Although stress levels rise in the initial days of the quit process, after 14 days of abstinence the former user is no more stressed than he would be if he were smoking.
Falls Church, VA (Vocus/PRWEB) April 01, 2011
Most tobacco users believe that tobacco reduces their stress and helps them manage unpleasant moods. Many service men and women report that stress is a major reason they smoke or chew tobacco, since military life produces unique pressures and challenges. But a recent article published on the U.S. Department of Defense (DoD) tobacco cessation website, http://www.ucanquit2.org, explains how tobacco actually increases stress and why stress levels go down after people kick the nicotine habit.
According to the article, tobacco users feel normal after using nicotine, but stress levels rise in between smoke or chew breaks. Thus, the tobacco user is kept constantly bouncing back and forth between feeling normal immediately after using and feeling increasingly stressed as the hours since their last intake of nicotine go by.
“Nicotine gives the impression of reducing stress because, for those addicted to nicotine, the experience of not having nicotine in their body is extremely stressful,” said Cmdr. Aileen Buckler, M.D., M.P.H., U.S. Public Health Service officer and chairman of the DoD Alcohol and Tobacco Advisory Committee.
Many tobacco users may fear quitting because they imagine that the discomfort of nicotine deprivation – and the accompanying anxiety and irritability – will go on indefinitely. But studies show that the tide quickly turns. Although stress levels rise in the initial days of the quit process, after 14 days of abstinence the former user is no more stressed than he would be if he were smoking. From there, it only gets better. Six months out, the former tobacco user can expect to experience significantly less stress than he did as a tobacco user.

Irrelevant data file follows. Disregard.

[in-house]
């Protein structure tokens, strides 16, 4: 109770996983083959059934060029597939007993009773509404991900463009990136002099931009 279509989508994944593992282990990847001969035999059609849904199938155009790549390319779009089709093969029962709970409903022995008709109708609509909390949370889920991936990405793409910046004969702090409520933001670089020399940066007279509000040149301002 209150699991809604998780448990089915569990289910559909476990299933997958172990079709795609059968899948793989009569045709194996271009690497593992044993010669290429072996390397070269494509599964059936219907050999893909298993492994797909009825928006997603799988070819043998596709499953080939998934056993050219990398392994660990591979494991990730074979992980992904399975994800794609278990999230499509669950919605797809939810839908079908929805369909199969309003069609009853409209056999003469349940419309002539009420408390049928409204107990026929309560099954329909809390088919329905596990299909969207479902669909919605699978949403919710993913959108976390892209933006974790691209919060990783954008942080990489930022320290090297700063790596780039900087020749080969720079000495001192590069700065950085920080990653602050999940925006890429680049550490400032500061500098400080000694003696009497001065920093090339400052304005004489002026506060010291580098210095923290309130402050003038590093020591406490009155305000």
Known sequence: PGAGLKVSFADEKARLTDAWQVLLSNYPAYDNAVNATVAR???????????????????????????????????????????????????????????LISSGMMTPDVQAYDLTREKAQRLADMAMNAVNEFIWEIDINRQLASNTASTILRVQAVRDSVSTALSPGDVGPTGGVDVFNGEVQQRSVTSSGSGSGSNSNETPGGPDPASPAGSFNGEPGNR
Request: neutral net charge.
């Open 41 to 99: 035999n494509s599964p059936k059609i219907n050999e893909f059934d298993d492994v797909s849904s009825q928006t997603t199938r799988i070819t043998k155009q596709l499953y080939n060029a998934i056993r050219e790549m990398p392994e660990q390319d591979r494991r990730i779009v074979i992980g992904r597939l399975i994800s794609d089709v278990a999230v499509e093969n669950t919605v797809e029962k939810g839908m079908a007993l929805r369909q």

To help active duty military, veterans, retirees and their families achieve a less stressful, tobacco-free life, DoD offers stress management techniques and a variety of helpful tools at http://www.ucanquit2.org. When tobacco users are feeling stressed as they withdraw from nicotine or just need to find support for quitting tobacco, they can access live help, a free, confidential online chat service from trained tobacco cessation coaches, available 24/7 in real time. They can also locate support with the interactive tool for finding local tobacco cessation programs.
Quit Tobacco—Make Everyone Proud is the tobacco counter-marketing program of the U.S. Department of Defense/TRICARE® and the Department of Veterans Affairs. It offers education and support to active-duty service members, Veterans, retirees, and family members to help them quit smoking and using smokeless tobacco. The campaign’s award-winning website features interactive, customizable tools and resources, including tobacco cessation training, real-time live help with expert quit coaches, quit plans and calendars, text message tips, a savings calculator, games, social networking connections, and more.